The 38% rule to getting that rumble and thump...

 The 38% rule

There are two movable variables - the sitting position, and the subwoofer position. For a small home, sometimes neither is variable.
I had read up on this before, and understand that sitting in a null zone was negative, but I had a lot of limitations. Nevertheless, I decided to give it a try and just move my main listening position a few feet forward, and try to get to the front 38%.

The result was rather satisfying actually. My subs remained as they were before, and I didn't even re-do the Audyssey, but suddenly the bass response from my mains, the centre and also the general rumble and thump went up a notch.

So do consider squeezing that seat forward back and forward a tad...

The placement method used here is based on the "38 percent rule" which theorizes that the best listening position is 38 percent into the length of the room, when measured from either the front or rear wall. This offers the best compromise of peaks versus nulls for any given room size. For 2-channel listening you'll get the flattest low frequency response by sitting 38 percent of the way back from the front wall. However, this is not practical in many home theaters, especially those with large screens, because that puts you too close to the screen. Fortunately, you can get the same benefit by sitting 38 percent of the room length when measured from the rear wall.
Please understand that 38% is one theoretical best location to begin measurements, but it may not end up the best place to sit due to other factors - wall properties, speaker location, speaker type, furnishings in the room, and a host of other conditions that can affect frequency response. The only way to know which location really is most flat is to measure the low frequency response at high resolution using software such as ETF, FuzzMeasure, or Room EQ Wizard.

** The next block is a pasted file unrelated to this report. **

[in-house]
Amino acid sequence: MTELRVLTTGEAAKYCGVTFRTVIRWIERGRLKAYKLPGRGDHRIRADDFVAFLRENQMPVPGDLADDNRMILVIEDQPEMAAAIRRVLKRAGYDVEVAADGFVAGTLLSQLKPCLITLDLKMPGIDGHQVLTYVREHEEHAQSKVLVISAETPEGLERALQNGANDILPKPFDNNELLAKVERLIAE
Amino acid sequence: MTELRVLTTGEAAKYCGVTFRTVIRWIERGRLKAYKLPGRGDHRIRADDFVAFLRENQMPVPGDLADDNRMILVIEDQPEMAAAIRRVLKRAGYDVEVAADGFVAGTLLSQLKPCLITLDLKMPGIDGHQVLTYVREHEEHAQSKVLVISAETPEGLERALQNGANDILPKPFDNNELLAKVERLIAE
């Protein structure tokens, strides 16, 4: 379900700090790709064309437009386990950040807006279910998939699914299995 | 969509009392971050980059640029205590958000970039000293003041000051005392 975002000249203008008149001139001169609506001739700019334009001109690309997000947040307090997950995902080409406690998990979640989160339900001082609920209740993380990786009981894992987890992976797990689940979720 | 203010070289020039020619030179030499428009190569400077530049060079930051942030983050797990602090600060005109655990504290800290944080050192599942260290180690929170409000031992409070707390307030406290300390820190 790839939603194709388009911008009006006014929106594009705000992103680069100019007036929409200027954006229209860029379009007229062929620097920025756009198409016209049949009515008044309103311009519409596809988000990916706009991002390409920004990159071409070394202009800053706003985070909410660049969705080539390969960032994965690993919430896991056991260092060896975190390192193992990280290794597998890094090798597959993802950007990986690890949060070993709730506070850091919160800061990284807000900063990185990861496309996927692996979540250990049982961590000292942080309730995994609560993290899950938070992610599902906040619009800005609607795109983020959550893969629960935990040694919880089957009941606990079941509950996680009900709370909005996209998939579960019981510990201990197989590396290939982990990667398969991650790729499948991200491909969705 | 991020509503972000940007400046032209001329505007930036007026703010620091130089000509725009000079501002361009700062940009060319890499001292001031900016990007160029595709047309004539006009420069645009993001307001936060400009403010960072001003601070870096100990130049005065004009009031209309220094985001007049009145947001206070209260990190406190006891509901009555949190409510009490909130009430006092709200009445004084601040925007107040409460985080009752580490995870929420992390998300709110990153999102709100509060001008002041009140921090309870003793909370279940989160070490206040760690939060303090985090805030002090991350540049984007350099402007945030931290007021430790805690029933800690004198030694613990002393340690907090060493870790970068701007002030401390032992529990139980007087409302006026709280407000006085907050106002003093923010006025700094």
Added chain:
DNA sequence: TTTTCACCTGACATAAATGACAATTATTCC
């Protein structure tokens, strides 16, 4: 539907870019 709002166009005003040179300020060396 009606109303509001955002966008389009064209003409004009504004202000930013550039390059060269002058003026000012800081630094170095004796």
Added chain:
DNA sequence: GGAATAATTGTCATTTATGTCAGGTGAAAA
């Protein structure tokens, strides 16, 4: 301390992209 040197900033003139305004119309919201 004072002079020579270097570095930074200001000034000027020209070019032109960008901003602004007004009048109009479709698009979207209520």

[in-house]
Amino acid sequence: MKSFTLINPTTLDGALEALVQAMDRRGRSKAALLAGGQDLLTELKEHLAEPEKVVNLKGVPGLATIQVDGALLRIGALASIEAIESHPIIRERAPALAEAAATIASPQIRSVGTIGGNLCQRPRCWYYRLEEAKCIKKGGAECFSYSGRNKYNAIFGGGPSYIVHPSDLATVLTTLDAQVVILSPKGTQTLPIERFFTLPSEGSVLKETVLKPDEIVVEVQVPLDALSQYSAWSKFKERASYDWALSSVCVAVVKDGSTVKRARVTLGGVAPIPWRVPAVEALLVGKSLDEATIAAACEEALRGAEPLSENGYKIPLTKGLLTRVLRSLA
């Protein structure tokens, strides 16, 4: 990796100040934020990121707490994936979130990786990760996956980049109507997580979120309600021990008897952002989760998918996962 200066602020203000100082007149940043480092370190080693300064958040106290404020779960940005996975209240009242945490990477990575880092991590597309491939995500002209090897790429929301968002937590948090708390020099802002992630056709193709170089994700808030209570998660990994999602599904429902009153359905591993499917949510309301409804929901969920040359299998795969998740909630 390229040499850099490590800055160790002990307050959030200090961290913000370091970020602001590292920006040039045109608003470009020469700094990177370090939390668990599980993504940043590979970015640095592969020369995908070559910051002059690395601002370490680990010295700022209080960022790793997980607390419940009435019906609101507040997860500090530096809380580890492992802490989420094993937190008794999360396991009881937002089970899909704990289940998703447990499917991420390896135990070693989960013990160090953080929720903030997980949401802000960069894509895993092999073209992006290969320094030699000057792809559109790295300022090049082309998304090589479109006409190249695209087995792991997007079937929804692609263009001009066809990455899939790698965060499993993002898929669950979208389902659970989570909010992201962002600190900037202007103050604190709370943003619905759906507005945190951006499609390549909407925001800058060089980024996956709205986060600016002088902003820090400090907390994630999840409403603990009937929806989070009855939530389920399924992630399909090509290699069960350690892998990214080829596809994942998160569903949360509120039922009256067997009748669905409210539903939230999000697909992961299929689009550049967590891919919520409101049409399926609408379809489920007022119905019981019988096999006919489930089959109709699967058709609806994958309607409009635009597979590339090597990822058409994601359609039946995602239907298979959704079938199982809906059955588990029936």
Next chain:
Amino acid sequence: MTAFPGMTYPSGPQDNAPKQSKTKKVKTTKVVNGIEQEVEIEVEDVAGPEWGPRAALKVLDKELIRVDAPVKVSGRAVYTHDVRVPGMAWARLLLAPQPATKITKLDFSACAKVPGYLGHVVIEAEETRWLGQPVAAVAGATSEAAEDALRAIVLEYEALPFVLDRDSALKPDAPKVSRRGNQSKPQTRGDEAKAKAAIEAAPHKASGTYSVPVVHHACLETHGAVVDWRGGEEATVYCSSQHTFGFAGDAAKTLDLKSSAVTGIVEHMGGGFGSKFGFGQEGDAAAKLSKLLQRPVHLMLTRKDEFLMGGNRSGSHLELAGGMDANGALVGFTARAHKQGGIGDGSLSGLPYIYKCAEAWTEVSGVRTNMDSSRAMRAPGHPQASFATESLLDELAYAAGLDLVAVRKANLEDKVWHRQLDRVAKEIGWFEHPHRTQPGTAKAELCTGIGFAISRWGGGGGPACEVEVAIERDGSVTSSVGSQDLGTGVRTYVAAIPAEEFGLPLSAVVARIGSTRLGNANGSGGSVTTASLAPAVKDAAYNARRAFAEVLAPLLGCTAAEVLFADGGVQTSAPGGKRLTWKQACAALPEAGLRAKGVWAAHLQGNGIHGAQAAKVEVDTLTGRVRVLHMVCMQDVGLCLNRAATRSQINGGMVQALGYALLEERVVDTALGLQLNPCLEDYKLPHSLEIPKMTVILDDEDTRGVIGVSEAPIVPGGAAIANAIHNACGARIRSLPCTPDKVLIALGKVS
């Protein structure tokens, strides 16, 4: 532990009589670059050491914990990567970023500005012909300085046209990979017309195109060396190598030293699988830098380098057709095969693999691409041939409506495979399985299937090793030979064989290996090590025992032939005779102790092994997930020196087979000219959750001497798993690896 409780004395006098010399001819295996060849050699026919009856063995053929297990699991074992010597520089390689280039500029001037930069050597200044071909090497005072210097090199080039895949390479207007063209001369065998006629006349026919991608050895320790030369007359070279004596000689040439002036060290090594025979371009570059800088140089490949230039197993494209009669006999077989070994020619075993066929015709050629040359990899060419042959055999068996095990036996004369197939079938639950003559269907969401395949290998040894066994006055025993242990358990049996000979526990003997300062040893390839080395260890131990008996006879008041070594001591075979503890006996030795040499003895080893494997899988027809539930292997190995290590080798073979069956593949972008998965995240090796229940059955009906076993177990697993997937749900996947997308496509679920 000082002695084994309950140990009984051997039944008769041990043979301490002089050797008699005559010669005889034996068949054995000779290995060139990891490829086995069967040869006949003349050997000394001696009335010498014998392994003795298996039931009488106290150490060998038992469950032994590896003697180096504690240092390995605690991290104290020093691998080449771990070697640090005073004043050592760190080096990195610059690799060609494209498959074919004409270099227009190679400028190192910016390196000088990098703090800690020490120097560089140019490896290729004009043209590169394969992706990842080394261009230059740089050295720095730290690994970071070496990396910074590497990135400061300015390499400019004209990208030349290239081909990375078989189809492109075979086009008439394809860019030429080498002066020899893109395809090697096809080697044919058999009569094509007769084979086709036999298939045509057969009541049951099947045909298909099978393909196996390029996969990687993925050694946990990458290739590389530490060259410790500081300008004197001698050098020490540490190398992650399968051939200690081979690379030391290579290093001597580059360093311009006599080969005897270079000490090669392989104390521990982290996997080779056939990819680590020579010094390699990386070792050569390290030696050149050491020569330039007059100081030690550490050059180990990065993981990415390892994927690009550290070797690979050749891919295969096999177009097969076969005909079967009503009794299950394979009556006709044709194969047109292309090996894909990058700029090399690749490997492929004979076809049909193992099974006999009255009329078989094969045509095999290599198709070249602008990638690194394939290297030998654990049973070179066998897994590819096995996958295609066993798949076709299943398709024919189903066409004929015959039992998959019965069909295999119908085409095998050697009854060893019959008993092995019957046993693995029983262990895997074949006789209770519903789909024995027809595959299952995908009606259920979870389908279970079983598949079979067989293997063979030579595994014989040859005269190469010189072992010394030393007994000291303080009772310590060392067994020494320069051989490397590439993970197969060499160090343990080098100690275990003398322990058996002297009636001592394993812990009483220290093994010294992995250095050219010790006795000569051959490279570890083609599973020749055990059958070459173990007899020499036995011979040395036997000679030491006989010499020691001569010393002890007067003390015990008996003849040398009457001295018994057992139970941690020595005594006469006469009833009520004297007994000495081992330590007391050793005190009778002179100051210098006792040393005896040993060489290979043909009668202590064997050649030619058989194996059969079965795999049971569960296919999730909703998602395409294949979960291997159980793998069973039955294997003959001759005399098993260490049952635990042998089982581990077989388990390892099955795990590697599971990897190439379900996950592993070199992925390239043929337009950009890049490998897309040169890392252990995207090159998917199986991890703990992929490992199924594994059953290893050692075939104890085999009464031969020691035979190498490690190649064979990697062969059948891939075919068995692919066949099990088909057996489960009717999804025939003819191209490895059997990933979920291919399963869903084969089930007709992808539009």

Once you know the ideal listening position from the front or rear wall, the next step is to place the loudspeakers. The speakers and listening position should be at the points of an equilateral triangle, as shown in Figures 1 and 2. Note that the theoretical point of the triangle is just behind your head, with the axis lines grazing your ears.
If you have the ETF program or RealTraps Test Tone CD, or another way to accurately measure your room's low frequency response, you can experiment with different speaker distances by sliding both speakers along each axis while you measure the response. Otherwise, put them along the axis at a distance that is convenient and makes sense for the size and layout of your room. Too often people obsess over minute details that matter only a little, while ignoring ergonomic concerns that matter much more. Top

I have no financial interest or other interests in any of the items / events I write about.


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